• Thank you, Jim, for all that additional background on the sailor-suit custom. Of course Walt, in later interviews, always attributed Donald’s sailor suit to a duck’s fondness for water — and it’s entirely possible that BOTH considerations were involved in this. Films always reflect the culture that produces them!

  • We have a wonderful photo in our family collection of two of my uncles as pre-teens decked out in full sailor array posed with their family – staunchly middle-class folk – in front of their San Francisco home, recently rebuilt after the 1906 earthquake and fire. Though I’ve known about the old kid sailor suit fashion for a long time I’d never put 2 + 2 together vis-à-vis Donald’s outfit. I’m really looking forward to the upcoming Kaufam/Gerstein book.

    • Thank you, Paul. I think you’ll enjoy it — David has really outdone himself in delving into the history of Donald’s comics.

  • Having learned about the “Surprise Party” treatment, I can only imagine the scene of Donald being pushed by his mother to recite “Mary Had a Little Lamb” is staged similarly to I HAVEN’T GOT A HAT, with Little Kitty performing the same action in the schoolhouse. I wouldn’t be surprised if the scene ended the same way with little Donald making an exit and frantically running to an outhouse! (If Jack King was at the Disney studio while “Surprise Party” was being outlined, he could have remembered that unused treatment and pitched the idea for the sequence to Friz Freleng at Warners.)

    • Thank you, Devon. Yes, you’re right, there is a real similarity between those two scenes. And it is tempting to think that Jack King carried the idea with him to WB. Unfortunately his Disney personnel record indicates that he left in May 1933, a good six months before the “Surprise Party” outline was written — but of course he was still acquainted with his former (and future) Disney colleagues, so who knows, it’s still possible that he was aware of their plans.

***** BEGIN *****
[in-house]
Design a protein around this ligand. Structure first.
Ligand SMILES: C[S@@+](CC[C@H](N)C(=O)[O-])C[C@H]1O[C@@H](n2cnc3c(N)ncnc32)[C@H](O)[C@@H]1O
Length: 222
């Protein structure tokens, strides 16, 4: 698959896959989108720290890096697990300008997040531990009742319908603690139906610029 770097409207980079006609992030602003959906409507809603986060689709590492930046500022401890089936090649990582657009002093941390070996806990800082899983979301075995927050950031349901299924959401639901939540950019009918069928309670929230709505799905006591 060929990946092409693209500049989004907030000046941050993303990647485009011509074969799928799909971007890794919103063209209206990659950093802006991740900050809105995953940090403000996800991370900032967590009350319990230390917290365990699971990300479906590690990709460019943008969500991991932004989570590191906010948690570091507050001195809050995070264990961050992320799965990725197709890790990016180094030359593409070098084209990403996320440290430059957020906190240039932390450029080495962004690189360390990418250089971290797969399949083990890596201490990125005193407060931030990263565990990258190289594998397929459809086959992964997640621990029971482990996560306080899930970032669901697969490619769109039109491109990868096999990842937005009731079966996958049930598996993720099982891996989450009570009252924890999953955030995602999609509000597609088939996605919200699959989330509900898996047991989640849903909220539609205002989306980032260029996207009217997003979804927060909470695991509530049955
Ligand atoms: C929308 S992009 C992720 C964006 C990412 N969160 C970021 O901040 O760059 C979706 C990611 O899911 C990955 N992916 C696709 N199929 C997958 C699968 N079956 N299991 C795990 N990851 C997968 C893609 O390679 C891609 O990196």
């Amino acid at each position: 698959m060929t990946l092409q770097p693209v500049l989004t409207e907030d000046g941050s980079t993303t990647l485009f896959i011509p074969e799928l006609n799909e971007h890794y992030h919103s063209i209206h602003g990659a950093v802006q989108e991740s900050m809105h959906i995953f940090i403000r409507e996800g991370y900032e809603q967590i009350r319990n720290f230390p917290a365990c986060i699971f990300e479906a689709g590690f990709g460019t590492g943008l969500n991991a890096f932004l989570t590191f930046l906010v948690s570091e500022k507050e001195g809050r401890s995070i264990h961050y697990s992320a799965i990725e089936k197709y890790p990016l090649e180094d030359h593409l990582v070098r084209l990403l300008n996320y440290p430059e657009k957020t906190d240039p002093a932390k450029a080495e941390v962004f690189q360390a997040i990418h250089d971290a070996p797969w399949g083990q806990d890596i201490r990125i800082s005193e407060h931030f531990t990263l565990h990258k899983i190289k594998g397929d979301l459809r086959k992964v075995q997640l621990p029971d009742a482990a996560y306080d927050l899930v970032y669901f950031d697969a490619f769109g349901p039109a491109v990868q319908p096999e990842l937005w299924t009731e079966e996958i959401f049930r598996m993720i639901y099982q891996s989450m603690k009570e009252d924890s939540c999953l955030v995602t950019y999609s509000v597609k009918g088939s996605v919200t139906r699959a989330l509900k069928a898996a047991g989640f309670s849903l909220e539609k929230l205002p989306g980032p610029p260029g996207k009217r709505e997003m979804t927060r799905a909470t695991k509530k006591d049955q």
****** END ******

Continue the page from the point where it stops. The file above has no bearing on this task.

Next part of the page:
• Thanks, JB and David, for all that you do. Currently reading (and highlighting with yellow marker! Bye bye resale value!) your superb large Mickey book and can’t WAIT for this one. Thanks again!
    Was fortunate enough to meet Clarence “Ducky” Nash where he called me by name in Donald’s voice. It was a thrilling moment from a very kind man.

    • Thank you, Kevin, and thanks for sharing that memory. Yes, it’s been a pleasure to discover what a friendly, outgoing, down-to-earth individual Nash was. Glad you got to meet him!

  • Some years ago I saw a special museum exhibit on the history of the sailor suit in fashion (which was actually a lot more interesting than it sounds). There were some vintage Donald Duck and Popeye movie posters and comic books… but no Sailor Moon!

    Thanks for a “ducky” post, as my mother used to say.

    • Thank you, Paul!